Implement physical, administrative, and technical protections for sensitive patient data — or Protected Health Information (PHI).
The Health Insurance Portability and Accountability Act (HIPAA)
HIPAA, which went into effect in 1996, requires companies that handle sensitive patient data — defined under the regulation as “protected health information” (PHI) — to maintain specific security measures to protect patient data.
HIPAA aims to modernize the flow of healthcare data, protect it from fraud and theft, and address limitations on insurance coverage.
HIPAA violations are issued by the Department of Health and Human Services’ Office for Civil Rights (OCR), as well as state attorneys general.
Challenges to HIPAA Compliance
HIPPA requires organizations in healthcare and affiliated companies to have physical, network, and process security measures in place to safeguard PHI.
Among other requirements, this mandates that organizations: secure records, encrypt data, protect against breaches and malicious attacks, secure against loss or theft of devices, train employees on sound security practices, limit the sharing of PHI with third parties, dispose of records when appropriate, and more.
HIPAA regulations frequently change to adapt to new technologies and conditions.
HIPAA regulates health care providers, health plans and insurers, health care clearinghouses, and businesses associated with health organizations.
These “covered entities” include anyone in health care providing treatment or payment services, or support for those services — and anyone who has access to patient information, including affiliated or subcontracted entities.
A Broad Definition of PHI
HIPAA defines and monitors PHI collected and processed by covered entities.
PHI is any medical information — past, current, or future — that can identify an individual; or that is created, used, or disclosed in the process of providing health care services.
This includes physical/mental health-related records — physical, electronic (ePHI) or even verbal.
HIPAA Privacy Rule
The Privacy Rule under HIPPA gives individuals rights over their health information — including the right to examine and obtain copies of their health records and request corrections to innacurate data.
It also requires that covered health care organizations take reasonable steps to ensure patient confidentiality, keep track of PHI disclosures, notify individuals of use of their PHI, and more.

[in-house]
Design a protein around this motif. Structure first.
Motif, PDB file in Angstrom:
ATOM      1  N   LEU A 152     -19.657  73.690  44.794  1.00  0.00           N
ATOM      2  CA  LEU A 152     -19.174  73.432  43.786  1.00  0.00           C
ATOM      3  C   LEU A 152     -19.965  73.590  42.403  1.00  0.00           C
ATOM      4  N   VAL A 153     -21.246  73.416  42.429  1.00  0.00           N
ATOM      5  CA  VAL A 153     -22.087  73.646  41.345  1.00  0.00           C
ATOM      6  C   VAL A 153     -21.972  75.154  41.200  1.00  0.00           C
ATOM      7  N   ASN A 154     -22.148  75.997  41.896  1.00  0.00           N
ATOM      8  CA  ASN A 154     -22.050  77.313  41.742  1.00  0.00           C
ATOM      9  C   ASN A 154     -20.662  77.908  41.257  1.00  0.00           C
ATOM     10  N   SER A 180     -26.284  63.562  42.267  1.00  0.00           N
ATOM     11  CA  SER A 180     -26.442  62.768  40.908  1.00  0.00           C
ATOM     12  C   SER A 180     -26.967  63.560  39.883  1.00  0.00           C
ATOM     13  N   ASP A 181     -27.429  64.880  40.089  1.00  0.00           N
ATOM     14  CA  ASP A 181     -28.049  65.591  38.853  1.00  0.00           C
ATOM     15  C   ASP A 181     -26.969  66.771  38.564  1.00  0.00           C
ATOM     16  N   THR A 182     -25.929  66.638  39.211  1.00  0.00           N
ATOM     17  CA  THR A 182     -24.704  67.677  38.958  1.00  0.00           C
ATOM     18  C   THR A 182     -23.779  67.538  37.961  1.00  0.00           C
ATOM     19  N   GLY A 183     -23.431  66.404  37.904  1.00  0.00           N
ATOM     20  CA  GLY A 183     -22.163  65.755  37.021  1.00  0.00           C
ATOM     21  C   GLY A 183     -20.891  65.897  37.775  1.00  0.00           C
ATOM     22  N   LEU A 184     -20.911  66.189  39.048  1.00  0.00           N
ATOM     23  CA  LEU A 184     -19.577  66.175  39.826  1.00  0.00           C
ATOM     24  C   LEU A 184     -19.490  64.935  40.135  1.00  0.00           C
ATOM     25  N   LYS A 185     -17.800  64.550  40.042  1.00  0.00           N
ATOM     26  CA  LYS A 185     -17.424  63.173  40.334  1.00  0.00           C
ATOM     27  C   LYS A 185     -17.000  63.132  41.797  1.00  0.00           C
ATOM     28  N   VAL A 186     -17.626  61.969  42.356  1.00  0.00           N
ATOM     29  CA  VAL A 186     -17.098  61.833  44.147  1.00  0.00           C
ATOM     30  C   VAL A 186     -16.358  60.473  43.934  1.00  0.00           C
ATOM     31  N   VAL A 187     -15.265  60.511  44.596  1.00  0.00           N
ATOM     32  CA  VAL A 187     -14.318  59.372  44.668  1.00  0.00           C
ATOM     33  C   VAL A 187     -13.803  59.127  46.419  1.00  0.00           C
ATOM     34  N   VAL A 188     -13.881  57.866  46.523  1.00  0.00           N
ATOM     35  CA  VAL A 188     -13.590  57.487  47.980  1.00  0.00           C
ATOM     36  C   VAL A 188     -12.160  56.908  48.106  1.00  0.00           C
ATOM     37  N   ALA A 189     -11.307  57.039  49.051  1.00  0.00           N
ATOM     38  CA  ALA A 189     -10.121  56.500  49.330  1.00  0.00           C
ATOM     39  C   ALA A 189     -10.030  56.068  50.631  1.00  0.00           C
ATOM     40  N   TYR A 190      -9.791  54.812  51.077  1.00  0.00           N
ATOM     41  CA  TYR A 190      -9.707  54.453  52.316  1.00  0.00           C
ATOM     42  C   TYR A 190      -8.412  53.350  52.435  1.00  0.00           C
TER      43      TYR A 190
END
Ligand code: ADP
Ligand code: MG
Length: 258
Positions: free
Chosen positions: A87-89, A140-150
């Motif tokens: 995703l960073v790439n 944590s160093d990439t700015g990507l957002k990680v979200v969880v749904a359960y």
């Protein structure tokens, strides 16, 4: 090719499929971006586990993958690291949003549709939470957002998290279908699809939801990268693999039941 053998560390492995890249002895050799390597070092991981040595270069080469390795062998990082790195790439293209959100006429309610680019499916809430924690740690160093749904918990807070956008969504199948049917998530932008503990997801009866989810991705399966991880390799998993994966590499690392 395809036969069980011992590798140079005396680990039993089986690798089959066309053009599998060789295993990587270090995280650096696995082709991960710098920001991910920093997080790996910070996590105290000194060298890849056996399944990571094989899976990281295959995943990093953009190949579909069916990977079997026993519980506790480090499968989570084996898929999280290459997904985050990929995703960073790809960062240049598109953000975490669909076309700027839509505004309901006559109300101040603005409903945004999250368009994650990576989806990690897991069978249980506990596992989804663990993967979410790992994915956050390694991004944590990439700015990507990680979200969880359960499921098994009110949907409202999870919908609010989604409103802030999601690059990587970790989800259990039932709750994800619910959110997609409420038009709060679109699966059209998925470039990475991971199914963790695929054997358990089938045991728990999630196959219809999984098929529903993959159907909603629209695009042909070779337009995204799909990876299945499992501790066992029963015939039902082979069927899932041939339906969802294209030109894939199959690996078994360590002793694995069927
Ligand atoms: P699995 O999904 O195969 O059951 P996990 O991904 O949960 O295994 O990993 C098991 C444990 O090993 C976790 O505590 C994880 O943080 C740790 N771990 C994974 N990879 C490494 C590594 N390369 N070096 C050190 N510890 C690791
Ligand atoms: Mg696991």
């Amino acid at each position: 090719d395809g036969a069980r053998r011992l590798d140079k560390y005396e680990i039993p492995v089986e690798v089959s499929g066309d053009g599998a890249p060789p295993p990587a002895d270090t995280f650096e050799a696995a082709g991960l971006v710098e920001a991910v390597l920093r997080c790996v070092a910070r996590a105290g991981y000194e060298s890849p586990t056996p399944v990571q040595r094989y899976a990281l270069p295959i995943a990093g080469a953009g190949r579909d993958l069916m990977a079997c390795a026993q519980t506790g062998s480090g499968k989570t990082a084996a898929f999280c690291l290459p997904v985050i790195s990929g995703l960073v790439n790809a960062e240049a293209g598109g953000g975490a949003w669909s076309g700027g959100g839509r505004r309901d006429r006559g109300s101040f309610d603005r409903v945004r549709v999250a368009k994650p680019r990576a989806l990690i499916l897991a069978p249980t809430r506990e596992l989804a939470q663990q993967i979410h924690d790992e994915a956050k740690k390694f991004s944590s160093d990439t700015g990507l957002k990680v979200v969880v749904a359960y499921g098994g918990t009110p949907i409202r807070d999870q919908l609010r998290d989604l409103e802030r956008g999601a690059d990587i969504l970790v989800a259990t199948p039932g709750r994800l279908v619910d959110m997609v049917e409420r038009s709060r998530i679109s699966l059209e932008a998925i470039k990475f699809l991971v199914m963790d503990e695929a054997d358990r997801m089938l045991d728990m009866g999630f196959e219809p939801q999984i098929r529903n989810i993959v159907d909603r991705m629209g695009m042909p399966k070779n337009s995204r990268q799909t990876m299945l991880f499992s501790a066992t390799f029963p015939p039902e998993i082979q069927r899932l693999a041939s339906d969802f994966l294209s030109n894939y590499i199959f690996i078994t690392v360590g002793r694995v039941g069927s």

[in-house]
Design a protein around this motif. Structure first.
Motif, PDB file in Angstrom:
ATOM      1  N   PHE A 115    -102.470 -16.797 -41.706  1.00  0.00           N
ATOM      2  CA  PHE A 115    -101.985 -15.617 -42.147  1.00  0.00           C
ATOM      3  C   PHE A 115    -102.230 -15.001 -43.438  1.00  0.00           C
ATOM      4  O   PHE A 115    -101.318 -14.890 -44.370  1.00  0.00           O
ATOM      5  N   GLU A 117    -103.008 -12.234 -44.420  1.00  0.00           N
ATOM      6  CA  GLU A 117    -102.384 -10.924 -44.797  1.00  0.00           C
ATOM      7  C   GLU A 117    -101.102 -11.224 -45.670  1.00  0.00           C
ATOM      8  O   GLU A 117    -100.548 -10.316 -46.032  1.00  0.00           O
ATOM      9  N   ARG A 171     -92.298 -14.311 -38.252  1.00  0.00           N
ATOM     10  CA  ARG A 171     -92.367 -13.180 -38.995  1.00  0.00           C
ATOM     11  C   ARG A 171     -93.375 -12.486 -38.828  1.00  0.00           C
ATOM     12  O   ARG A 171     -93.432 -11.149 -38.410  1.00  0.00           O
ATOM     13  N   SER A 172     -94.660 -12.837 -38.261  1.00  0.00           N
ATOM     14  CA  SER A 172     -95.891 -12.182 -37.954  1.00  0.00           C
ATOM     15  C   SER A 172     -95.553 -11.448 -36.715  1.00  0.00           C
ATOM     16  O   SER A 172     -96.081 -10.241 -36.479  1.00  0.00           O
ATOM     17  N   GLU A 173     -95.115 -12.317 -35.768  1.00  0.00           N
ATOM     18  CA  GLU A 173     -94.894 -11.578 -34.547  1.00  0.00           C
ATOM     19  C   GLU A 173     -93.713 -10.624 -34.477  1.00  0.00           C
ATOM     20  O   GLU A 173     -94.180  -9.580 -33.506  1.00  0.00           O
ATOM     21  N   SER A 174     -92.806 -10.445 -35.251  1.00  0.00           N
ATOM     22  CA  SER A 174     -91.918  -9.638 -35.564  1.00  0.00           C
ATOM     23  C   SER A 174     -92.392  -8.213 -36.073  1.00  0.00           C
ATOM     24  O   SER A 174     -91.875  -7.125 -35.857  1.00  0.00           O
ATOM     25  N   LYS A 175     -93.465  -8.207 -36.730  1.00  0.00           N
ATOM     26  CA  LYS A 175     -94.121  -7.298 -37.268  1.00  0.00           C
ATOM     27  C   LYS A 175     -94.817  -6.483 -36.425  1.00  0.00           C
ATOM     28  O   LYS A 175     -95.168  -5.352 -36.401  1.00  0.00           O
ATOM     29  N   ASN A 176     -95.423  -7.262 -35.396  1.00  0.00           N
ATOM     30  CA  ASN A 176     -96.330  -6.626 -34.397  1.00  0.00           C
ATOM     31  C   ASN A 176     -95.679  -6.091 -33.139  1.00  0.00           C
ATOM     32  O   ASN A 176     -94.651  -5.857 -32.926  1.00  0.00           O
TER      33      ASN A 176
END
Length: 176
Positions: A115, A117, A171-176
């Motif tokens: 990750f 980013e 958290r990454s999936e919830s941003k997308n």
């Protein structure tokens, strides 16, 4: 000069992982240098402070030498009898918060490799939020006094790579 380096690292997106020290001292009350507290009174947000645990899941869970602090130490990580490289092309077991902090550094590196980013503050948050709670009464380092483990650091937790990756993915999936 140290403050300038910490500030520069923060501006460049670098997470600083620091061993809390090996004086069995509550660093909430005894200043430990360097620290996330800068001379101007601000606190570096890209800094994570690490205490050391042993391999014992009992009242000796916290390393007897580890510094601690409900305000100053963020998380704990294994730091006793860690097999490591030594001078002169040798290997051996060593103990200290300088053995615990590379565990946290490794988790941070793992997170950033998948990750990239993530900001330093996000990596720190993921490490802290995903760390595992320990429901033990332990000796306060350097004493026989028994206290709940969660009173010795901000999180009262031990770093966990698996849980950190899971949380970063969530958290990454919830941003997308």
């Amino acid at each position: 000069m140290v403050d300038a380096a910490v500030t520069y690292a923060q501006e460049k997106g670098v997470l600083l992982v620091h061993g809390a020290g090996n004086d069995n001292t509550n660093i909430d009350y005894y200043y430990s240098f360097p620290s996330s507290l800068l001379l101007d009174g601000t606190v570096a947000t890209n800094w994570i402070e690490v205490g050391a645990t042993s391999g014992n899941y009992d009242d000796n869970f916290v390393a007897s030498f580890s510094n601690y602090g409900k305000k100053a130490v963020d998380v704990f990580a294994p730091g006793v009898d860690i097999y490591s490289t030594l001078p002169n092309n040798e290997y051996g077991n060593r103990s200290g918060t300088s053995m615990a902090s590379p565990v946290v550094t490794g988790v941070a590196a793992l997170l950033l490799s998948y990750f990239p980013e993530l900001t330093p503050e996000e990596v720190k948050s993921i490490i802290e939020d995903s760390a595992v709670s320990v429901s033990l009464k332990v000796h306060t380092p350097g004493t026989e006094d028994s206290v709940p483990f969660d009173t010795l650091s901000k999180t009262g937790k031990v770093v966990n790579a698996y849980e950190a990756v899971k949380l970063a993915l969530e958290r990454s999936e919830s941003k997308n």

HIPAA Security Rule
The HIPAA Security Rule covers three areas — and mandates that covered entities use best practices to safeguard data in areas of:
Organizations need to enact policies around transferring, retaining, remediating, disposing of, and sharing PHI and ePHI — as well as securing access.
Penalties for HIPAA Noncompliance
Penalties for HIPAA violations are organized into tiers according to culpability level — from negligence to willful neglect — and fines from $100 per violation to $50,000 per violation.
Entities in violation may face fines, criminal penalties, and requirements to prove an action plan to bring their policies and procedures up to compliance standards.
The Health Information Technology for Economic and Clinical Health (HITECH) Act raises penalties for health organizations that violate HIPAA — and adjusts fines annually.
How BigID Helps with HIPAA Compliance
Identify All Your Sensitive Data
See a clear, complete view of all your sensitive information and PHI across the enterprise — not just the data you know about — to protect it.
Identify high-risk protected health information and where it resides, flag data flows and access patterns, and continuously monitor access activity.
Classify HIPAA Data
Automatically classify, categorize, and protect HIPAA data with advanced ML and NLP for fewer false positives
Maintain detailed records of information systems, stay on top of audits, and be able to report on HIPAA compliance.
BigID for HIPAA Compliance
Discover all sensitive and regulated data that’s monitored by the HIPAA — wherever it’s stored across the organization.
Take an ML-based approach to automatically classify and tag high-risk data that is monitored by the HIPAA.
Reduce risk on your most sensitive data with risk scores that incorporate data parameters like data type, location, residency, and more.
Leverage data retention policies and business rules, define custom policies, and apply them consistently across all data types and data sources.